Instead of protein concentrates or isolates, we use egg whites and almonds. Egg whites are simply pasteurized and dried before becoming protein powder. Almonds are just roasted, pressed, and ground. Minimally-processed ingredients like these are easy to digest and a stomach and gut-friendly alternative to protein concentrates and isolates.
Unless you have a sensitivity or allergy to eggs, egg white protein is the best protein for people with sensitive stomachs. Egg whites are low in fiber, low-FODMAP, and have the highest protein digestibility-corrected amino acid score (PDCAAS) of any whole food. Our customers have experienced fewer digestive issues with egg white protein than with any other type of protein.
If you cannot eat eggs, try our almond protein powder. Unlike protein concentrates or isolates, almonds contain lots of healthy fats, fiber, and other nutrients like calcium and vitamin E. We prefer almonds to other minimally-processed plant protein sources because they are more gut-friendly. Research suggests that almonds can improve the diversity and composition of the gut microbiome. Research also suggests that almonds possess prebiotic properties, meaning they stimulate the growth of healthy bacteria in the gut.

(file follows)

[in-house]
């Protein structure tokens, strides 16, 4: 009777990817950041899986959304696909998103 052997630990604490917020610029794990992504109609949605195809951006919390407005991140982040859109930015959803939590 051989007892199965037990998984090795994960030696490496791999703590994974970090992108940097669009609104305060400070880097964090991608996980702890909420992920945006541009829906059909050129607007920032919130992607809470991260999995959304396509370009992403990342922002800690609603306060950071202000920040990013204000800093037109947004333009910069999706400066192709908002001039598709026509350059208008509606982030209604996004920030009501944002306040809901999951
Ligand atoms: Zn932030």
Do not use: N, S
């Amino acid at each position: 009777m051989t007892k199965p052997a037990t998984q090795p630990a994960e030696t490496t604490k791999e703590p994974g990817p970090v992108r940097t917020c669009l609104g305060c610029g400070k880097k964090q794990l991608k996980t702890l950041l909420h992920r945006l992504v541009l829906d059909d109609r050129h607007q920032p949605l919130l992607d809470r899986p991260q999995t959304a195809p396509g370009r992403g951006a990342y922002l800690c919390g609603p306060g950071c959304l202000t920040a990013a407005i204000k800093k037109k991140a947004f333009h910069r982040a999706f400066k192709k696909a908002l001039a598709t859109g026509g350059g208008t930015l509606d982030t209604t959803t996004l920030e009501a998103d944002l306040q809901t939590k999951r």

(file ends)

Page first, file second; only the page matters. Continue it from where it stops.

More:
“I just finished my first bag and ordered 2 more! I Iove this stuff! I have IBS and every protein powder hurts my stomach…except drink wholesome!”
This content is not intended to be a substitute for professional medical advice, diagnosis, or treatment.